By Lula Strother Haley

If one were asked to name the most important buildings in a small town, perhaps those named would be the post office, the drug store, the movie theater, etc., but it is probable that few people would include the railroad station, or “depot” as it used to be called. In the early days, however, the railroad station was an important part of life in small towns.
Typical of these stations is the one at Orange located on Green Avenue. It is a brick building painted white and trimmed in orange, with a pagoda-like roof and consists of a waiting room on one side for passengers and offices and a baggage room on the other.
In front is a covered area where inbound and outbound mail and baggage were handled and where passengers left or boarded the train.
During the first half of the century, before the automobile became the primary mode of travel, the depot was a link with far places, a scene of action and excitement.
Inside the station, passengers, some accompanied by friend and relative, waited for the arrival of the train. A typical passenger was a traveling salesman, or “drummer” as he was called then.
An experienced traveler, he would check his heavy suitcase of samples and then read a newspaper while he waited.
Seen occasionally were mothers with small children, perhaps going to join a husband who had gone off job-hunting, or to visit relative.
Generally, their belongings, packed in several bags, and a shoebox lunch occupied a vacant seat nearby. Sometimes there were sophisticated travelers — well-dressed and carrying elegant luggage.
Outside in the covered area were several adults and children. They were not going anywhere — they had come to the depot just to see the trains come in.
Some of the passengers whiled away their time walking to-and-fro or watching the other passengers, the ticket agent with the green eye shade, or the telegraph operator, the constant, rhythmic ticking of this machine, an almost unnoticed sound in the back of their consciousness.
Others engaged in conversation. Now and then someone would study announcements on the bulletin board or the train schedule chalked on the blackboard.
Trains were often late in those days and the passengers soon became bored and tired of seeing the dingy walls and the grimy floors with their spittoons.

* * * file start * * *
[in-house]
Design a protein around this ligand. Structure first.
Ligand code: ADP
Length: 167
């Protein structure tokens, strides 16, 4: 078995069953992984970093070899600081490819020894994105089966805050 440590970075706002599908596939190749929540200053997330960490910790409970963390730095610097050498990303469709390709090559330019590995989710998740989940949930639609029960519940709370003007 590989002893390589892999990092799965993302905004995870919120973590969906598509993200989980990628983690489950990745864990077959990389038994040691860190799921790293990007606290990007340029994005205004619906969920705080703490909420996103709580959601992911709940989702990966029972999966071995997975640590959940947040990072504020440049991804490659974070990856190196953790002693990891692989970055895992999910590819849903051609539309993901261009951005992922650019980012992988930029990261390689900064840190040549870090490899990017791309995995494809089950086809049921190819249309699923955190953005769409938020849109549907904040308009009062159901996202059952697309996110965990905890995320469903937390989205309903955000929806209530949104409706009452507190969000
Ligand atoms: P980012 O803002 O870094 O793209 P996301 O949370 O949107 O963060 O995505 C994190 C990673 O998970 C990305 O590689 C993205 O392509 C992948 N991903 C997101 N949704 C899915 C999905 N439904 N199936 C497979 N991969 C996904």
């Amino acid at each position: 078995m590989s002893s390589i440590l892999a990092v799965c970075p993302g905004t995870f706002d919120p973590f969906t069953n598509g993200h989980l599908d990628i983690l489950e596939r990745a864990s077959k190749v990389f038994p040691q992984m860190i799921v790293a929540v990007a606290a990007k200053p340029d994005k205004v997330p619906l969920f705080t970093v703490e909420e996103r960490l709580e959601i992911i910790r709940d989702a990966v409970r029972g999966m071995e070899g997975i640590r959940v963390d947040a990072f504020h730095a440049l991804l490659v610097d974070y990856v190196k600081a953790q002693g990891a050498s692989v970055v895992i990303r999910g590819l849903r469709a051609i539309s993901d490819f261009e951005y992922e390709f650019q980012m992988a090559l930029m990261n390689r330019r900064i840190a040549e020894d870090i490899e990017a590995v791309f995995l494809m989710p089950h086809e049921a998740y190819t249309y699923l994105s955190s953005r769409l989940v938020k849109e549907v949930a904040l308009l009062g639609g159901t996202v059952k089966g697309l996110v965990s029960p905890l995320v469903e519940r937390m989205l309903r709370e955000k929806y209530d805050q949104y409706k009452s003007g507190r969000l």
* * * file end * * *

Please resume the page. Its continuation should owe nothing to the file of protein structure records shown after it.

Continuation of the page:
At last, there was a stir of activity. A man wearing a uniform cap came from the baggage room pulling a flatbed wagon loaded with baggage.
The ticket agent was busy stamping documents and the telegraph operator seemed busily intent on the da-dit-dit of his machine.
Those waiting to board the train gathered their luggage, glad at last that their wait was over.
No longer would they have to sit on the hard wooden seats, hemmed in by the heavy, steel arm rests. Hurrying out to the covered area, they gazed in the direction from which the train would arrive.
Suddenly, they heard the faint humming of the rails. “Here she comes,” someone shouted.
The train rounded the curved track, its steam whistle giving forth jerky blasts, its bell clanging noisily. As it slowly approached the depot, the children waved excitedly at the engineer high up in his cab.
Then, as the train came to a stop, all eyes were fastened on the uniformed conductor as he came down from the coach placing a sort of stool for passengers to step on as they left the car.
Red caps were carrying luggage, other employees were busy loading and unloading mail and baggage.
At first everyone gazed curiously at the passengers who were leaving the train, but soon, their actions went unnoticed as the watchers turned their attention to those passengers now entering the coaches.
The conductor, after examining the tickets, helped the travelers aboard. He picked up the stool, waved a signal to the engineer and climbed up the steps. The excitement was reaching a crescendo.
The steam whistle sounded, and the engineer, his hand on the throttle, inched the train forward, the engine huffing and puffing, coughing and snorting, as steam hissed and smoke swirled upward from the stack.
The clamor of the bell added to the din. Left behind; friends, relatives, and spectators began to run beside the train, waving at the people looking out the coach windows until the train gathered speed. For a little while all had experienced, vicariously, a little of the excitement of travel.
Today, passenger trains do not stop at the Orange depot. One must go to Beaumont to catch a train.
No longer do people go to the station to be entertained by the comings and going of travelers.
The busy, hurrying throngs go by, paying no attention to the white and orange depot.  Standing there, badly in need of another coat of paint, it has a lonely air.